Organized religious beliefs (even going back into ancient times) have caused more death and destruction than any other organization in the world ... and it's done in the name of (whomever your beliefs say to) – and has been since the beginning of mankind! Maybe choosing to say you're "spiritual" means you don't want to be associated with all the chaos and destruction – and maybe organized religions need to rethink their controls on individuals.

This remark will chime with many – the new atheists among them - who believe that being "spiritual" means you don't want to be associated with all the "chaos and destruction."

It strikes me that having an opt-out plan should have something more than simply a negative, whether it's a "spiritual" one or a "new atheist" negative. We live in an age where many are disillusioned with institutions and humans generally, yet not so evident is a positive alternative.

Thank you for the comments. The event we held last night, "I'm Not Religious – I'm Spiritual" benefited from some of them.

The opinions expressed in this commentary are solely those of Alan Miller.

- CNN Belief Blog Co-Editor

Filed under: Opinion • Spirituality

soundoff (1,789 Responses)
  1. Ted Baker

    There is only one question that is relevant before all others here :: Why do any of you or the author care about what other people choose to believe?

    October 3, 2012 at 10:21 am |
    • spectraprism

      For me, it's because tolerance of others' beliefs, or nonbeliefs, is crucial for the multi-pluralistc and multi-ethnic society of the United States that we live in. Without it, think of the race attacks, recently like that of the Singh temple, that occured. This is to me a very vital and needed discussion of our society.

      October 3, 2012 at 10:28 am |
    • spectraprism

      Make that SIKH temple shootings.

      October 3, 2012 at 10:30 am |
    • sybaris

      "For me, it's because tolerance of others' beliefs, or nonbeliefs, is crucial for the multi-pluralistc and multi-ethnic society of the United States that we live in"

      But when a President utilizes his military to invade another country and murder tens of thousands of innocent civilians because he believes his god told him it was the right thing to do, that's okay.

      Got it.

      Bush's example is exactly why we should be intolerant of people who take their direction from invisible sky fairy's and voices in their heads.

      October 3, 2012 at 11:02 am |
    • spectraprism

      um, Actually i protested these wars for years- rallied, marched, vigiled, went to DC, wrote letters to the editor and congressmen- and where exactly where you? what were YOU doing Sybaris? Who do you think you are, commenting like I did nothing , when you don;t even know me!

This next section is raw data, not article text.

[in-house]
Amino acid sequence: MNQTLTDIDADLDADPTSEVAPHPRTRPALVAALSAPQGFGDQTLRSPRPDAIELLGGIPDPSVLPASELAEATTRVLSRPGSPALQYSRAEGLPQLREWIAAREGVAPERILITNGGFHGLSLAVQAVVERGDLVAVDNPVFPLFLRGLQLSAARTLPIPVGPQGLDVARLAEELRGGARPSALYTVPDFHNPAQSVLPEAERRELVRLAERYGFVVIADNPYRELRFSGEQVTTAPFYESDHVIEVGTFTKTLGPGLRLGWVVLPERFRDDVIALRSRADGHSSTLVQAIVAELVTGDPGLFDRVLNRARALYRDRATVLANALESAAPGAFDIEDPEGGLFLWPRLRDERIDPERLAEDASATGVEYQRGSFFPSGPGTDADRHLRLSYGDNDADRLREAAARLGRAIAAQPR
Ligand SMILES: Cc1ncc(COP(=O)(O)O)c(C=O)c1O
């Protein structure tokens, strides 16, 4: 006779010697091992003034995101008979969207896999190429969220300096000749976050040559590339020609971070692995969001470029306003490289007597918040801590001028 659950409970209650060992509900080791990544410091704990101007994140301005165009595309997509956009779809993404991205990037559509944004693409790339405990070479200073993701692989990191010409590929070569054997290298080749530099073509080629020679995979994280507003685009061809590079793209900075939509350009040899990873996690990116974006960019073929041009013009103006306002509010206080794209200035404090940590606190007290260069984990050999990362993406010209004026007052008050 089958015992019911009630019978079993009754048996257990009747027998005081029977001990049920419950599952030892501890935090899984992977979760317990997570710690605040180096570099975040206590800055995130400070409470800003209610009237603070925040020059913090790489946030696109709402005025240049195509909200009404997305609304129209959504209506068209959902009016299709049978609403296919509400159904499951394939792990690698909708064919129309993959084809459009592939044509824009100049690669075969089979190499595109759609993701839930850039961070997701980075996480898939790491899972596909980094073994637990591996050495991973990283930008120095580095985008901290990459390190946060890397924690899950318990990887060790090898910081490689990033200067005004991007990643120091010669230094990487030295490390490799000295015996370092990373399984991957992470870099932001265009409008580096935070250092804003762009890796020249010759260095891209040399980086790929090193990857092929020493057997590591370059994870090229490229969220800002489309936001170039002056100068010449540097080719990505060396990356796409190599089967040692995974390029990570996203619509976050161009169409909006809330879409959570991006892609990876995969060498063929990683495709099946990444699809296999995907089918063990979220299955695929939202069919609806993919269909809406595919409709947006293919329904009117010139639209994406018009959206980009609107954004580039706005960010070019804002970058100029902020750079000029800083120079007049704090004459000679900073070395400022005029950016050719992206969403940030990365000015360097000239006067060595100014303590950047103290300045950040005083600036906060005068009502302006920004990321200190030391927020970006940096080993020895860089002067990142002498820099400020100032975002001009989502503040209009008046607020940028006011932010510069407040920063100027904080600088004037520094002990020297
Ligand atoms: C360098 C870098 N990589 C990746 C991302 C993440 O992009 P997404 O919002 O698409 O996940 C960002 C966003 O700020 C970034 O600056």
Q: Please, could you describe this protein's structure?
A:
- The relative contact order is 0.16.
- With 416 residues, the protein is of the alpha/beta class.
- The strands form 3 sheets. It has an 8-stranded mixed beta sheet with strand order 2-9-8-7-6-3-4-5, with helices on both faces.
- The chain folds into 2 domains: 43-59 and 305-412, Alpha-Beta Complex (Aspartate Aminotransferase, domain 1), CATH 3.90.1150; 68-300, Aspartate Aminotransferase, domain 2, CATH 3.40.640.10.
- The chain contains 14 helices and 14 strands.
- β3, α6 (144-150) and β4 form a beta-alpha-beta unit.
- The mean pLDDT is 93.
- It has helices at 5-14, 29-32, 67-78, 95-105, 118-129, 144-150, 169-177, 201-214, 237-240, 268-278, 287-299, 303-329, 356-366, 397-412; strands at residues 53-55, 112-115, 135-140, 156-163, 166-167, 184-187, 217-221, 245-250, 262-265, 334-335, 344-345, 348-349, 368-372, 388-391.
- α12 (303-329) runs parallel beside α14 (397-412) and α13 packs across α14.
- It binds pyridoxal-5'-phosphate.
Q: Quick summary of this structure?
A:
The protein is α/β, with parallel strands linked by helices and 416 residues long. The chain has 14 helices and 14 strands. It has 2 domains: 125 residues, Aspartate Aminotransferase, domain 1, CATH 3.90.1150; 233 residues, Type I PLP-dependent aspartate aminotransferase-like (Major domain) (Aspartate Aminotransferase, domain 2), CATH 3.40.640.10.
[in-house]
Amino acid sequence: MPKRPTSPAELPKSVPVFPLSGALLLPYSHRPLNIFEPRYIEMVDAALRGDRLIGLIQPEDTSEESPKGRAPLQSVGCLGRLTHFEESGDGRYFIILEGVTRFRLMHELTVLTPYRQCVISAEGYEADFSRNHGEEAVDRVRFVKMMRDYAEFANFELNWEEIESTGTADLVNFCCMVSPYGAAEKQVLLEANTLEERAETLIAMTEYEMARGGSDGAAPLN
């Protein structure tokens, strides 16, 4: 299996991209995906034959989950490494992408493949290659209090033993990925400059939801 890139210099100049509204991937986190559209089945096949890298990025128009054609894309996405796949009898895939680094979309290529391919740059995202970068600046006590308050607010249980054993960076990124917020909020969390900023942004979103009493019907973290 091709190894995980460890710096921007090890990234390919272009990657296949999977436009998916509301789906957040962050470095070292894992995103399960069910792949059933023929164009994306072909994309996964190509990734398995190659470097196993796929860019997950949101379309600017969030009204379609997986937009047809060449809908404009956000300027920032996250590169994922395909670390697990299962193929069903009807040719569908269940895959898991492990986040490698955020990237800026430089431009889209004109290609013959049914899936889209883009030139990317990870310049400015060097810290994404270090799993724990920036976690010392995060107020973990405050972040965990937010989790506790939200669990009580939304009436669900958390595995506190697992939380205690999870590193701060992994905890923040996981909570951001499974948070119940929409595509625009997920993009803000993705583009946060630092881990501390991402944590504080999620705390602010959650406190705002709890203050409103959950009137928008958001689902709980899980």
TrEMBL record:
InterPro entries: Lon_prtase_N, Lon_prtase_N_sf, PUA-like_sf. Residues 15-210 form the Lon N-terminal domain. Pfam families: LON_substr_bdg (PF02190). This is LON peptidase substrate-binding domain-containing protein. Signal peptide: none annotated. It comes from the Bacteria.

October 3, 2012 at 11:20 am |
    • cedar rapids

      "Why do any of you or the author care about what other people choose to believe?"

      because once such people get into large enough groups they then start telling other people how they should live their lives.
      personal belief stops being personal and starts being dictatorial.

      October 3, 2012 at 11:51 am |
  2. anti-Stereotypes

    Miller wrote in the initial article: "Christianity has been ... seminal in Western history and culture. ... everything from the visual arts, to Bach and our canon of literature generally would not be possible without this enormously important work."

    Yeah, and where do the greeks get credit? Olympic games, western commercial sports entertainment, sports superstars?
    Vikings anybody? They sure don't have christian roots, nor mathematics, geometry, writing, glass making, silk, accounting and many other vital things in western life. That's just the typical self-centered (hyphenated, get the joke?), selfish narrow view that proponents of christianity hold as their truth. It's self-serving too.

    October 3, 2012 at 10:20 am |
  3. Potion4

    People you have free will God doesnt make anyone believe in him its a choice. So choose make a choice but as the knight said in Indiana Jones "choose wisley". It is clear that man messed up and God fixed it through his son Jesus, he's provided the way so its up to you to accept. No arguments look at the facts to prove if Christianity is the way; consider this MAPS (Manuscrpits, Archaeological Digging, Prophecies and Statistics in your search. Compare this to any other religion and let us know what you get. Remember the choice is yours. Peace Love and Soulllllllll Train!!

    October 3, 2012 at 10:20 am |
    • anti-Stereotypes

      god, Indiana Jones and how god's son fixed our problems. Oh boy, if that's not sitting in a tiny little cube. Are there any ETAs about those fixes, I mean 'estimated time of arrival' when those fixes are supposed to go into effect??